Version changes and LTS releases
We have bumped our major Tyk Gateway version from 2 to 3, a long overdue change as we’ve been on version 2 for 3 years. We have also changed our Tyk Dashboard major version from 1 to 3, and from now on it will always be aligned with the Tyk Gateway for major and minor releases. The Tyk Pump has also now updated to 1.0, so we can better indicate major changes in future.
Importantly, such a big change in versions does not mean that we going to break backward compatibility. More-over we are restructuring our internal release strategy to guarantee more stability and to allow us to deliver all Tyk products at a faster pace. We aim to bring more clarity to our users on the stability criteria they can expect, based on the version number. Additionally we are introducing Long Term Releases (also known as LTS).
Read more about this changes in our blogpost: https://tyk.io/introducing-long-term-support-some-changes-to-our-release-process-product-versioning/
New Look and Feel
We have a brand new look to our Tyk Dashboard. About half a year ago, we made some changes to our visual branding to better express our love for creativity and great UX. Those changes started with our website and now we are also incorporating these visual changes into the UI of our products. We do this to keep our brand consistent across the whole Tyk experience and to enhance your experience using our products.
See our updated Tutorials section.
Universal Data Graph and GraphQL
Tyk now supports GraphQL natively. This means Tyk doesn’t have to use any external services or process for any GraphQL middleware. You can securely expose existing GraphQL APIs using our GraphQL core functionality.
In addition to this you can also use Tyk’s integrated GraphQL engine to build a Universal Data Graph. The Universal Data Graph (UDG) lets you expose existing services as one single combined GraphQL API.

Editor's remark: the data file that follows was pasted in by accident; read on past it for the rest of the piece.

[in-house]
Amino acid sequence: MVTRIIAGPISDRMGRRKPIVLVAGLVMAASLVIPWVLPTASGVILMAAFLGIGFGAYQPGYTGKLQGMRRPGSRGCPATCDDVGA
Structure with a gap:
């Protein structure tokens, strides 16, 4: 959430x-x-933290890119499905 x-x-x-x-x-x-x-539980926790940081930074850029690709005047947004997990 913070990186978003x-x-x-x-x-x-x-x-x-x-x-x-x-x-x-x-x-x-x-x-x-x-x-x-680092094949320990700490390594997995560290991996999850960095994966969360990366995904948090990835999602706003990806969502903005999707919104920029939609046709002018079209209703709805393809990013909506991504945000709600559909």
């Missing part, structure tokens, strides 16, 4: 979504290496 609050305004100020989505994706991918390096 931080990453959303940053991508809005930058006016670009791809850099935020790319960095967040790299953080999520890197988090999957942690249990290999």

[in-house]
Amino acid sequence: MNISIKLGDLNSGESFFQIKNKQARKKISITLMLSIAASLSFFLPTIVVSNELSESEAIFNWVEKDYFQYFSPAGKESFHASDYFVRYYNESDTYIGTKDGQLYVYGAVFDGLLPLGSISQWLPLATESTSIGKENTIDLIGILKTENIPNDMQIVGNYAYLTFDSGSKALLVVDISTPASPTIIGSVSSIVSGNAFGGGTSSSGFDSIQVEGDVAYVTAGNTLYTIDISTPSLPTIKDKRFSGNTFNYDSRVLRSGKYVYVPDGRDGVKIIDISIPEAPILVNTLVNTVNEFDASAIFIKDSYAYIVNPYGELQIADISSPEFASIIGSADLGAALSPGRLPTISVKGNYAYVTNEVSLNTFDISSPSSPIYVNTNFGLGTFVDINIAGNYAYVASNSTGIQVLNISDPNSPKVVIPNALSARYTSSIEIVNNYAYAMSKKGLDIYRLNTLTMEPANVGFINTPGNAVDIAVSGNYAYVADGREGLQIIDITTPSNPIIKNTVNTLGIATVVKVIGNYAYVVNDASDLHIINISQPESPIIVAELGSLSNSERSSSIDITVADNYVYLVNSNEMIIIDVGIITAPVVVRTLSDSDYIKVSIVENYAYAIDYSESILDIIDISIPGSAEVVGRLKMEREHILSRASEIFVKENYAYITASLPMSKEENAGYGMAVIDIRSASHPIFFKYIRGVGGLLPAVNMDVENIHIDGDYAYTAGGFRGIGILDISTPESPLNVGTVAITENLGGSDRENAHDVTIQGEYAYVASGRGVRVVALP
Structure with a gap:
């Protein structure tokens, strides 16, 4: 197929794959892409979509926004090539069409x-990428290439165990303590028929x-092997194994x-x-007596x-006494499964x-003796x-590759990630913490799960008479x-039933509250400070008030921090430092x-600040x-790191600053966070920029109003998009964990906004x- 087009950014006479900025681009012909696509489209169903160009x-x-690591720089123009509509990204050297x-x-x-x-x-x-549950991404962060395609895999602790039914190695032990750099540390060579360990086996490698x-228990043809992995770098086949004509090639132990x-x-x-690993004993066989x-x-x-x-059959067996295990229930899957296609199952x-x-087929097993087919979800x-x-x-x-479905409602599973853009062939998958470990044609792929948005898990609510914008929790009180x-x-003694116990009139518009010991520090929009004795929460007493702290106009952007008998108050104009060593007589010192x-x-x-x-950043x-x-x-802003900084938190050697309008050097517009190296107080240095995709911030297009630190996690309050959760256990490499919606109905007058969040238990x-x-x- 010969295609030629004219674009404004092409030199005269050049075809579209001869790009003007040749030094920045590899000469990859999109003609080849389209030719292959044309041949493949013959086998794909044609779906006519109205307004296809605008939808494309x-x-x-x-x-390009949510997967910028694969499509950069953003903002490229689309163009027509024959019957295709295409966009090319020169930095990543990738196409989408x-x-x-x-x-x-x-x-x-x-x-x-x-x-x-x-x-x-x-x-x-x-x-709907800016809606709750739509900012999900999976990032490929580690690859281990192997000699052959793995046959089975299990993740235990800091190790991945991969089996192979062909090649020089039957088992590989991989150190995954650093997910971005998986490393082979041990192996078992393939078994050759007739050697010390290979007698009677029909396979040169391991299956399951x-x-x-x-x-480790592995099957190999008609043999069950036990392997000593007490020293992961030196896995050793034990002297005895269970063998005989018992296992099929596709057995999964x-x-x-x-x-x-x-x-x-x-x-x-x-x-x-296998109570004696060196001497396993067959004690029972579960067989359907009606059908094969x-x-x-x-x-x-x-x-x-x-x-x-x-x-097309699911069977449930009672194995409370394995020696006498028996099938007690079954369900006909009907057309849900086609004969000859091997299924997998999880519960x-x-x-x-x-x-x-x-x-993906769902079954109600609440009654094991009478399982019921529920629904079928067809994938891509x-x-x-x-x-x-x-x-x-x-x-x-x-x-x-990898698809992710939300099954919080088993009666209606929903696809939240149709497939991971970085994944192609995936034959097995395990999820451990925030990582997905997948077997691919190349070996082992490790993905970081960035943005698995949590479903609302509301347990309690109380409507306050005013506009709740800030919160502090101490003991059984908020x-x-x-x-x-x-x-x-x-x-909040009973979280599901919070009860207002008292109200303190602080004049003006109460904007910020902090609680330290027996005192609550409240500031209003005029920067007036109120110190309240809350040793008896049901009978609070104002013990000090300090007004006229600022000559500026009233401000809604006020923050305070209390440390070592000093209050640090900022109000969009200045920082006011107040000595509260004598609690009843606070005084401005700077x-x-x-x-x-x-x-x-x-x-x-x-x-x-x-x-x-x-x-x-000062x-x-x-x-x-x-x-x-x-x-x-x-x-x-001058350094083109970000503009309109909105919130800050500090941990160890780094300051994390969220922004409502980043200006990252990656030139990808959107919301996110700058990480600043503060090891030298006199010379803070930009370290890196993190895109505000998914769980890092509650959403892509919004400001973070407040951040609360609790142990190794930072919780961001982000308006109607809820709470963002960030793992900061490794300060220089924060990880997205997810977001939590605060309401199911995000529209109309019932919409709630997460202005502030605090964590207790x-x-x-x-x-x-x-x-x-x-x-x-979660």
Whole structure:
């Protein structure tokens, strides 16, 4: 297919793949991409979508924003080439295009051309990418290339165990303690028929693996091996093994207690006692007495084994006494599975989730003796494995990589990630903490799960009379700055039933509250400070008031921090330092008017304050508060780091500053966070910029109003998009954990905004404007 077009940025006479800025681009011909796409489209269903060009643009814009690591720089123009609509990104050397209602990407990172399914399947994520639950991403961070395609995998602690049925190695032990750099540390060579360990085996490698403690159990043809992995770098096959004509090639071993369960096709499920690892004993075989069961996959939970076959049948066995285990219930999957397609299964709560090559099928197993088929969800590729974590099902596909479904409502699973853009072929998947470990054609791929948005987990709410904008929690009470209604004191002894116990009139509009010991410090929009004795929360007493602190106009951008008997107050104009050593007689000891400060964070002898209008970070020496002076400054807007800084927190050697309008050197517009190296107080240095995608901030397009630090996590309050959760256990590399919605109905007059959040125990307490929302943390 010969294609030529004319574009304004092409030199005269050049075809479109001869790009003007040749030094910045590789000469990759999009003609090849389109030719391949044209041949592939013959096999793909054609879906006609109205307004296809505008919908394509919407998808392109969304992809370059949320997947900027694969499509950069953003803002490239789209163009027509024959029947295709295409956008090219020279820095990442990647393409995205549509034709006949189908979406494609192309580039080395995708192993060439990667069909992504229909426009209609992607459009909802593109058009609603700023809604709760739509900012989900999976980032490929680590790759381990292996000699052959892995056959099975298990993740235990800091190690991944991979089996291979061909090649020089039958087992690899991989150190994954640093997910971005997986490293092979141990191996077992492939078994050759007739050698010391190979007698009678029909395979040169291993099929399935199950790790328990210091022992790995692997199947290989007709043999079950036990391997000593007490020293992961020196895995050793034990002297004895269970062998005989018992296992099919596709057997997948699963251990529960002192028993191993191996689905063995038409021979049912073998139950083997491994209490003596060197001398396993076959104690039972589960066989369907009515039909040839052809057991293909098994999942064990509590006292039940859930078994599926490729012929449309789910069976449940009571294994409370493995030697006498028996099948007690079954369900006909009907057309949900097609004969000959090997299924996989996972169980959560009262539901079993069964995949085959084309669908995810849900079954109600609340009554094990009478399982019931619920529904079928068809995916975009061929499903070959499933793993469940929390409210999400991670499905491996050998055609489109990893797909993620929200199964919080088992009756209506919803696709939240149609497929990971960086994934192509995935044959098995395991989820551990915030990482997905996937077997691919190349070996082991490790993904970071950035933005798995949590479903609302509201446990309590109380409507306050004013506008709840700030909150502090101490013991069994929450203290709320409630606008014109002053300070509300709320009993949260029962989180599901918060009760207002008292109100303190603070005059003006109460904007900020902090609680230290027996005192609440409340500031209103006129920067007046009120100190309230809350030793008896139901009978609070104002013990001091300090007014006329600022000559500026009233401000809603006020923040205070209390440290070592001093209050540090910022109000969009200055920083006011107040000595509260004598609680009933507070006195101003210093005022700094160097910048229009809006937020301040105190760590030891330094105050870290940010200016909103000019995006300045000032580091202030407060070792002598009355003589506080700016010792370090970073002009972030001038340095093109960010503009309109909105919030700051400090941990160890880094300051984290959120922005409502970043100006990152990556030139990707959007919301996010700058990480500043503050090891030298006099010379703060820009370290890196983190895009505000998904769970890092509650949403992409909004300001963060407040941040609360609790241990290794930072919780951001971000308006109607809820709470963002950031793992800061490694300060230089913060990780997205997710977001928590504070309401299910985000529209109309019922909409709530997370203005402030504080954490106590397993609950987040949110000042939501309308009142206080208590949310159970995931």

All this without even have to build your own GraphQL server. If you have existing REST APIs all you have to do is configure the UDG and Tyk has done the work for you.
With the Universal Data Graph Tyk becomes your central integration point for all your internal as well as external APIs. In addition to this, the UDG benefits from all existing solutions that already come with your Tyk installation. That is, your Data Graph will be secure from the start and there’s a large array of out of the box middlewares you can build on to power your Graph.
Read more about the GraphQL and Universal Data Graph
Policies and Keys UX changes
We have a lot to update you on with our UX & UI revamp, but one thing we want to highlight here are the updates to the policies and keys Dashboard pages. We know there was confusion in the way we set policies and keys up in the Tyk Dashboard, so we redesigned the UI workflow to make it less error-prone, simpler and more intuitive when you create, view and edit security policies and keys.
When you create, view or edit a key the steps are in a more logical order. We’ve removed the long form that needed to be filled out and replaced it with tabs so you can find and enter information easily. We’ve also grouped all information within each API so you know the exact set up of each of your access rights without any confusion. The new workflow should allow tasks to be completed faster and more efficiently.
See updated tutorials on how to create a policy and keys
We also have a blog post that explains what we’ve done, and why we did it.
Tyk Identity broker now built-in to the Dashboard
Previously you had to run a separate process to setup SSO (single sign on). Now this functionality is built-in to the dashboard and got UI revamp. So now you can just start the dashboard, and via UI, create a SSO flow, without installing 3-rd party components. Including SSO via social logins, OpenID Connect and LDAP (with SAML coming very soon!) including integration with the Dashboards RBAC and your Identity Provider.
Using external secret management services